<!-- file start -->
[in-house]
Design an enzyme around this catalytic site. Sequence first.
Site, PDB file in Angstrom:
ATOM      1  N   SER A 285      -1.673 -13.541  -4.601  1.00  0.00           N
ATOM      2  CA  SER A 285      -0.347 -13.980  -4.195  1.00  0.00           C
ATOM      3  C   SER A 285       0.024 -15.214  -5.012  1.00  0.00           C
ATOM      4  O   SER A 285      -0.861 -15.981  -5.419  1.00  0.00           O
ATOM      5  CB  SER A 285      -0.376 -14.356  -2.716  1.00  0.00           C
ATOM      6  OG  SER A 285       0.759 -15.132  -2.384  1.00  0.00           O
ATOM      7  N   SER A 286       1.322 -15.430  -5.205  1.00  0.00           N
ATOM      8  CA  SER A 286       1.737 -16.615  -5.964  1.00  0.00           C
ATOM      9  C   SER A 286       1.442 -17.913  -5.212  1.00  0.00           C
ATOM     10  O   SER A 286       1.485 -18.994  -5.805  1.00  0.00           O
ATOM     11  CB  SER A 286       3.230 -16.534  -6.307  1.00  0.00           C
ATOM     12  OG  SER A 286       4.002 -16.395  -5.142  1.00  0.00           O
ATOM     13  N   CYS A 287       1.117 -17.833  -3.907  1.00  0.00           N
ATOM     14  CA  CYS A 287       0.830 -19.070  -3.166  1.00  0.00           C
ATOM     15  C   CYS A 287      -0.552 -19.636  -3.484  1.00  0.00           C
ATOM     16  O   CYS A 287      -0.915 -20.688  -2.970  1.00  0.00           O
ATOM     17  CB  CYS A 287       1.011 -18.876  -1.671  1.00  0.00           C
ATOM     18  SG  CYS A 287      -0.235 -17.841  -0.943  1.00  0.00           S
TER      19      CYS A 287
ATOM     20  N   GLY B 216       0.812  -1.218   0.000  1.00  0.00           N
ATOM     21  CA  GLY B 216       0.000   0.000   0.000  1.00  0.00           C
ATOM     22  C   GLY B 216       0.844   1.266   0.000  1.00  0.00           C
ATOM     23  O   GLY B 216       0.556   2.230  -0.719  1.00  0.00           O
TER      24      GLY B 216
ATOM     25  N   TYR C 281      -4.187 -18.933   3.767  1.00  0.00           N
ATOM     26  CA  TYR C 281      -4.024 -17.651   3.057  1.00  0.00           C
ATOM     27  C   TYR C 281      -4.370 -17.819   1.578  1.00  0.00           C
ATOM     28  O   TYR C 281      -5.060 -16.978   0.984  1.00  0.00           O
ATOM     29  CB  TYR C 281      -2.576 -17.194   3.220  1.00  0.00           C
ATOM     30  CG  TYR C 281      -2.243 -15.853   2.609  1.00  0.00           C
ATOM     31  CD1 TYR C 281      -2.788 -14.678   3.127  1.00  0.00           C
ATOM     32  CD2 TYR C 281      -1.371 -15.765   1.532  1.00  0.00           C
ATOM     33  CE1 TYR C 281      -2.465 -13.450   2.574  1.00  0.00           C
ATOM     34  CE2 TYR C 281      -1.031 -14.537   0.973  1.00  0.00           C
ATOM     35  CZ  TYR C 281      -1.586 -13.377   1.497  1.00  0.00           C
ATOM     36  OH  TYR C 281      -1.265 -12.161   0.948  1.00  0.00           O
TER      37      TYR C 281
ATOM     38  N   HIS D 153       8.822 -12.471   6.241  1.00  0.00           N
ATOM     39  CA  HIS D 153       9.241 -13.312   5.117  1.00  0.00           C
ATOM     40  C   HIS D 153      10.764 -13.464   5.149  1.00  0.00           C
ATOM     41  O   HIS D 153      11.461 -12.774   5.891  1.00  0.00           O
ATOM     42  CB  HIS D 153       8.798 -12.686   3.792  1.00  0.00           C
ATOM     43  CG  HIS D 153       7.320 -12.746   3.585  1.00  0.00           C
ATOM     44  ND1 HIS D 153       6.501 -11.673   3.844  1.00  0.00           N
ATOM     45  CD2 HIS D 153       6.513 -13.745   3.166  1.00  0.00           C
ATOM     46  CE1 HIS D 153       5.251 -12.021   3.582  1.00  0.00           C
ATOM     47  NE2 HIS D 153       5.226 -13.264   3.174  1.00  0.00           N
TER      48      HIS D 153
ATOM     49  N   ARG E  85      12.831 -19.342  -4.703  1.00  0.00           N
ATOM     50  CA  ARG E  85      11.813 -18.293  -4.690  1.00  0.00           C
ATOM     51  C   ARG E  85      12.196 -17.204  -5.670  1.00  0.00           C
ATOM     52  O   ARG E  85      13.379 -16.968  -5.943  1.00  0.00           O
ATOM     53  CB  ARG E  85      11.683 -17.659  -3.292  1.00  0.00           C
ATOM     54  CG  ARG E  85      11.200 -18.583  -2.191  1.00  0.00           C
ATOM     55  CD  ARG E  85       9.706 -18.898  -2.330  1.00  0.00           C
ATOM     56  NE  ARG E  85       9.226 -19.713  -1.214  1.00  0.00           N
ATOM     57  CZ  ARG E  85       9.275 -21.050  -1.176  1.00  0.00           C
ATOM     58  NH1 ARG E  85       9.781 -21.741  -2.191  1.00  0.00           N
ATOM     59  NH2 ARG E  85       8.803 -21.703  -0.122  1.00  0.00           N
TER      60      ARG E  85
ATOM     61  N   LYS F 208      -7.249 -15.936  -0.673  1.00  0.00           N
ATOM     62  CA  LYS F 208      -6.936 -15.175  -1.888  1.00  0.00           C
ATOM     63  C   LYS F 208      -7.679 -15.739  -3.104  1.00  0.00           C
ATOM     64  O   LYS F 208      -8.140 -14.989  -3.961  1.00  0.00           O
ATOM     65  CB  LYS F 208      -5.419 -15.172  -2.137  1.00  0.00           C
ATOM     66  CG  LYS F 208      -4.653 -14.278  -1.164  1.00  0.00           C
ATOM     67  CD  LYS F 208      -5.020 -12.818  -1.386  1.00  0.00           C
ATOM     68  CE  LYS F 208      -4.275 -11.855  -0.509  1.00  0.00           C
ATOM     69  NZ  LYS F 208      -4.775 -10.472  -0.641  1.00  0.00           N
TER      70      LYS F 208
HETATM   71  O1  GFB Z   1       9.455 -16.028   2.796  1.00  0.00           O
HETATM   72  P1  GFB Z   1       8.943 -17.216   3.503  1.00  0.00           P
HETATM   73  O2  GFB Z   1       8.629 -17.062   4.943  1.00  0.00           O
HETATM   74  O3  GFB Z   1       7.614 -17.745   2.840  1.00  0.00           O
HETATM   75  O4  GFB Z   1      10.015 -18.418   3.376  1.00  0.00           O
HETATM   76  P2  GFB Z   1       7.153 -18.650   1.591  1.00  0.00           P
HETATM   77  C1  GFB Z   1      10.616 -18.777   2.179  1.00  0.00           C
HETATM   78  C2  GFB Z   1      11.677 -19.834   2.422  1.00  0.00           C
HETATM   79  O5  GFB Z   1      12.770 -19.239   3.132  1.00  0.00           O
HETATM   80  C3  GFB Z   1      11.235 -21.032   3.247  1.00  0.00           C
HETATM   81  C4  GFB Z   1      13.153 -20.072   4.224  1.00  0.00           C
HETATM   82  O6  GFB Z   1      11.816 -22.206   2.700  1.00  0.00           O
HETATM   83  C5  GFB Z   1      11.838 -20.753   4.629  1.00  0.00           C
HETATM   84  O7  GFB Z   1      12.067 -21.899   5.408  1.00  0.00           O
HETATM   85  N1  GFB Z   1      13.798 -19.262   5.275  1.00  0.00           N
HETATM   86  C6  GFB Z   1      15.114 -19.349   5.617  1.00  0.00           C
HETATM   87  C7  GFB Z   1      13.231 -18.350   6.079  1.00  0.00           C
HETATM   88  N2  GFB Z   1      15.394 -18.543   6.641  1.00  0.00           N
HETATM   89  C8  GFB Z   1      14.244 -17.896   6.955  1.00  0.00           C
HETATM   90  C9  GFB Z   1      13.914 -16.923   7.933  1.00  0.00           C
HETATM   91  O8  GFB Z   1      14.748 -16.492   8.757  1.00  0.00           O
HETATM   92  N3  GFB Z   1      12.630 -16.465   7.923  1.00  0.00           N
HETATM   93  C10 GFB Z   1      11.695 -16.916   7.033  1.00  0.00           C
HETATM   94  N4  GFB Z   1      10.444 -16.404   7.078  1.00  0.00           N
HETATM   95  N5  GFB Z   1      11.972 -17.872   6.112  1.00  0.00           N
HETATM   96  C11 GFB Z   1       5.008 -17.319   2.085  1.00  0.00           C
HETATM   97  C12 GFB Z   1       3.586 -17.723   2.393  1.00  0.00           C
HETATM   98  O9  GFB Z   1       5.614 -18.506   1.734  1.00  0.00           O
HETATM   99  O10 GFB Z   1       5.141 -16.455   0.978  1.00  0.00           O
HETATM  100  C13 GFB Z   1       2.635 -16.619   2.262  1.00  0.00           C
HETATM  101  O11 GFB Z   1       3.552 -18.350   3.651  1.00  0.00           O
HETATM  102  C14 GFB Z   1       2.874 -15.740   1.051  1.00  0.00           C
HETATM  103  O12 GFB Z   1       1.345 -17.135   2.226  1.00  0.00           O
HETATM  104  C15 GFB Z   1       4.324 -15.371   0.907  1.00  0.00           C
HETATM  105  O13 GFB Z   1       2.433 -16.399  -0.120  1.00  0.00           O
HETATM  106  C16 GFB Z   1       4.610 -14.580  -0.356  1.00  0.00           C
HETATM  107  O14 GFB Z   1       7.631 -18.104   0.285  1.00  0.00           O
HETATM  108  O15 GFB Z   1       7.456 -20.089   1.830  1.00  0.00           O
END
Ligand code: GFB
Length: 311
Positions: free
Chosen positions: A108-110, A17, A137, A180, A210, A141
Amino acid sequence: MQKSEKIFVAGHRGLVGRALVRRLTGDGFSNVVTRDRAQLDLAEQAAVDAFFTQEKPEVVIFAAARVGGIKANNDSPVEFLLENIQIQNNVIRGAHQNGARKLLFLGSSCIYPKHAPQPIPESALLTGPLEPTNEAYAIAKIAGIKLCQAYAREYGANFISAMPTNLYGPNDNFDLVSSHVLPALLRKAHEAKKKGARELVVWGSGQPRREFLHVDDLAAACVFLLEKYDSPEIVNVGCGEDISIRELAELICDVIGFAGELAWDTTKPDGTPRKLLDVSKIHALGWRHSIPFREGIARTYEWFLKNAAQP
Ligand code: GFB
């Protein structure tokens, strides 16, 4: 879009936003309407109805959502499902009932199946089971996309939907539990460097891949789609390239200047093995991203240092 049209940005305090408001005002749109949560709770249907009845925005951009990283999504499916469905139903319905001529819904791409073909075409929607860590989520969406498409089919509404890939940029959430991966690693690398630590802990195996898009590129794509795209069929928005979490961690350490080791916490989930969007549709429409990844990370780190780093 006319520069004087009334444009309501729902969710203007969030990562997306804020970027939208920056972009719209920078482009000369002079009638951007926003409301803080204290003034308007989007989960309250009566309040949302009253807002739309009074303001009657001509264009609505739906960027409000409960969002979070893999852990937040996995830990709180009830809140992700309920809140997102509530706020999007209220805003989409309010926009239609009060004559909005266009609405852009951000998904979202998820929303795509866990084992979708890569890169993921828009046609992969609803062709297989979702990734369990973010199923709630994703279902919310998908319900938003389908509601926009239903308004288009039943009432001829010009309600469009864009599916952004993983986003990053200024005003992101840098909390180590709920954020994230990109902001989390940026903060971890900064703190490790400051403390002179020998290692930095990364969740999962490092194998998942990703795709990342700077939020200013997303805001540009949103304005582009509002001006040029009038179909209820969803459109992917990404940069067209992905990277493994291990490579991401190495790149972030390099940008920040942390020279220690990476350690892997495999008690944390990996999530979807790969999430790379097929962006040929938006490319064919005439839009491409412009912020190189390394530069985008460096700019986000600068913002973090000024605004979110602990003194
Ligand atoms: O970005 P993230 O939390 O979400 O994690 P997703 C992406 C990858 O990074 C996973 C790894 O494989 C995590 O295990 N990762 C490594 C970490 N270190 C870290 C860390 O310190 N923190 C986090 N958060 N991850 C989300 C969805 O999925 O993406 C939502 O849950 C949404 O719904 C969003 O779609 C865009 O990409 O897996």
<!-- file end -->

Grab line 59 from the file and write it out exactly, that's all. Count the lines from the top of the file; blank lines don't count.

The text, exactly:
ATOM     56  NE  ARG E  85       9.226 -19.713  -1.214  1.00  0.00           N